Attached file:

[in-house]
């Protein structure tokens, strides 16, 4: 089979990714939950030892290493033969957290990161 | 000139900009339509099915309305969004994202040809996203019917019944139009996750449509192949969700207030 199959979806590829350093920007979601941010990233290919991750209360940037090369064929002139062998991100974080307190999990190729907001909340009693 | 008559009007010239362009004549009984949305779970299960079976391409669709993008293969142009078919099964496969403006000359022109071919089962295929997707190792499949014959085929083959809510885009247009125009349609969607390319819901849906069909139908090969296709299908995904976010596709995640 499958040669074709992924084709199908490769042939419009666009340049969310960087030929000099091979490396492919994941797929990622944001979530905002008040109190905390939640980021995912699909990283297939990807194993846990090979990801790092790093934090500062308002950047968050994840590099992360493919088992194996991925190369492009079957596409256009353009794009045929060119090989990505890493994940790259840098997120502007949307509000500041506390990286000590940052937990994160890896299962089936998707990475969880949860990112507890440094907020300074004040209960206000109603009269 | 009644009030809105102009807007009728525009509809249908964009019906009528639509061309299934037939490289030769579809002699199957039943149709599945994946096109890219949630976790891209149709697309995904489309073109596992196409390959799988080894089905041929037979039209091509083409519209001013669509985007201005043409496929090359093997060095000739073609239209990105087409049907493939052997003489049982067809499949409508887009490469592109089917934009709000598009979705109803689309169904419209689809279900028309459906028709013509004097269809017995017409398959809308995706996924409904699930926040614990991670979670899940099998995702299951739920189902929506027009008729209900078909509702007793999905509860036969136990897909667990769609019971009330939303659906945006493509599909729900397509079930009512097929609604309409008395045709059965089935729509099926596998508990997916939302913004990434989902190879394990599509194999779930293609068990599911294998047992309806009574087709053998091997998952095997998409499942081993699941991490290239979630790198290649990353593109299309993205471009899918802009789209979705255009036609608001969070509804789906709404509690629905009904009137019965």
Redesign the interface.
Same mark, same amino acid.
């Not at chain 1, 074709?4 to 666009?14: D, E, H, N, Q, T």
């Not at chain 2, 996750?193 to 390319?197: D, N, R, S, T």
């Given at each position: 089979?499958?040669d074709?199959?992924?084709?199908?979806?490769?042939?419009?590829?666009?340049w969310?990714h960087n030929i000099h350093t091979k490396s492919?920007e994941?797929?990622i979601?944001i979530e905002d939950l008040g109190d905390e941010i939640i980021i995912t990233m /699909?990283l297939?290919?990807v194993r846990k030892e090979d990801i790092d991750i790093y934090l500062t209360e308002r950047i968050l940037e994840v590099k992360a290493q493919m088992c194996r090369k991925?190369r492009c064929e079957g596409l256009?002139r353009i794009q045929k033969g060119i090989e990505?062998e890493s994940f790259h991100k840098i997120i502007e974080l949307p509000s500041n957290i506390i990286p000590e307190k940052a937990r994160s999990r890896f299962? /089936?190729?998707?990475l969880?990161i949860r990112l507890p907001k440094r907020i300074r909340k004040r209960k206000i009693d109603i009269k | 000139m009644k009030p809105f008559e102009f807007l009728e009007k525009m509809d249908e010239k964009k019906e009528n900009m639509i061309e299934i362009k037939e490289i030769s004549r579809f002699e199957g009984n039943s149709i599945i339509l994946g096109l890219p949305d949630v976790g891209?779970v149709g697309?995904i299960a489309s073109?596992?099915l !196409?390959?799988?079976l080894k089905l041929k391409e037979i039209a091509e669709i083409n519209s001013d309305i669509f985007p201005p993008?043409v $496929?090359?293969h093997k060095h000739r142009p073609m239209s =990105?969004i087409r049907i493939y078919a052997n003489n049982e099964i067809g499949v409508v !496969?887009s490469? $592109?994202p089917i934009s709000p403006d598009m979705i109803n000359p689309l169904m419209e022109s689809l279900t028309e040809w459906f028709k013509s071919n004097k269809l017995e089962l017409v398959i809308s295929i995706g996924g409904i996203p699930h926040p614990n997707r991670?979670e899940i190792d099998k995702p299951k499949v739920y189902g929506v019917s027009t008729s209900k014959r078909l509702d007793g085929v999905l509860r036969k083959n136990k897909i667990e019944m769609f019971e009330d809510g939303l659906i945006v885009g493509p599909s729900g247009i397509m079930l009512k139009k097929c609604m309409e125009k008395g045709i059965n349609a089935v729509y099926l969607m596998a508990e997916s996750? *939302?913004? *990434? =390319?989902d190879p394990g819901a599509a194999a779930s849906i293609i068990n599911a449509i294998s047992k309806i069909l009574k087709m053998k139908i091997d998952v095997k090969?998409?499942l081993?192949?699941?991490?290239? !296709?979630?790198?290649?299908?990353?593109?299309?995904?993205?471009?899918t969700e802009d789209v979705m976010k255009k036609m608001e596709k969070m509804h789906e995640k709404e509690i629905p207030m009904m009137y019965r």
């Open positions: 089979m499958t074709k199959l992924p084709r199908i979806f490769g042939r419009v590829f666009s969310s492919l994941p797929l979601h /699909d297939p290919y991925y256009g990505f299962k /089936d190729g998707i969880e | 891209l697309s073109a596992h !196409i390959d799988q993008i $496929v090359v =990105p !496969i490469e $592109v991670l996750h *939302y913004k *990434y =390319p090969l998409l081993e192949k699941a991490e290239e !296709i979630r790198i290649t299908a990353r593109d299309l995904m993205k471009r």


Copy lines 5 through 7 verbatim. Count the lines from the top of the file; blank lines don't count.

């Not at chain 1, 074709?4 to 666009?14: D, E, H, N, Q, T």
């Not at chain 2, 996750?193 to 390319?197: D, N, R, S, T």
């Given at each position: 089979?499958?040669d074709?199959?992924?084709?199908?979806?490769?042939?419009?590829?666009?340049w969310?990714h960087n030929i000099h350093t091979k490396s492919?920007e994941?797929?990622i979601?944001i979530e905002d939950l008040g109190d905390e941010i939640i980021i995912t990233m /699909?990283l297939?290919?990807v194993r846990k030892e090979d990801i790092d991750i790093y934090l500062t209360e308002r950047i968050l940037e994840v590099k992360a290493q493919m088992c194996r090369k991925?190369r492009c064929e079957g596409l256009?002139r353009i794009q045929k033969g060119i090989e990505?062998e890493s994940f790259h991100k840098i997120i502007e974080l949307p509000s500041n957290i506390i990286p000590e307190k940052a937990r994160s999990r890896f299962? /089936?190729?998707?990475l969880?990161i949860r990112l507890p907001k440094r907020i300074r909340k004040r209960k206000i009693d109603i009269k | 000139m009644k009030p809105f008559e102009f807007l009728e009007k525009m509809d249908e010239k964009k019906e009528n900009m639509i061309e299934i362009k037939e490289i030769s004549r579809f002699e199957g009984n039943s149709i599945i339509l994946g096109l890219p949305d949630v976790g891209?779970v149709g697309?995904i299960a489309s073109?596992?099915l !196409?390959?799988?079976l080894k089905l041929k391409e037979i039209a091509e669709i083409n519209s001013d309305i669509f985007p201005p993008?043409v $496929?090359?293969h093997k060095h000739r142009p073609m239209s =990105?969004i087409r049907i493939y078919a052997n003489n049982e099964i067809g499949v409508v !496969?887009s490469? $592109?994202p089917i934009s709000p403006d598009m979705i109803n000359p689309l169904m419209e022109s689809l279900t028309e040809w459906f028709k013509s071919n004097k269809l017995e089962l017409v398959i809308s295929i995706g996924g409904i996203p699930h926040p614990n997707r991670?979670e899940i190792d099998k995702p299951k499949v739920y189902g929506v019917s027009t008729s209900k014959r078909l509702d007793g085929v999905l509860r036969k083959n136990k897909i667990e019944m769609f019971e009330d809510g939303l659906i945006v885009g493509p599909s729900g247009i397509m079930l009512k139009k097929c609604m309409e125009k008395g045709i059965n349609a089935v729509y099926l969607m596998a508990e997916s996750? *939302?913004? *990434? =390319?989902d190879p394990g819901a599509a194999a779930s849906i293609i068990n599911a449509i294998s047992k309806i069909l009574k087709m053998k139908i091997d998952v095997k090969?998409?499942l081993?192949?699941?991490?290239? !296709?979630?790198?290649?299908?990353?593109?299309?995904?993205?471009?899918t969700e802009d789209v979705m976010k255009k036609m608001e596709k969070m509804h789906e995640k709404e509690i629905p207030m009904m009137y019965r």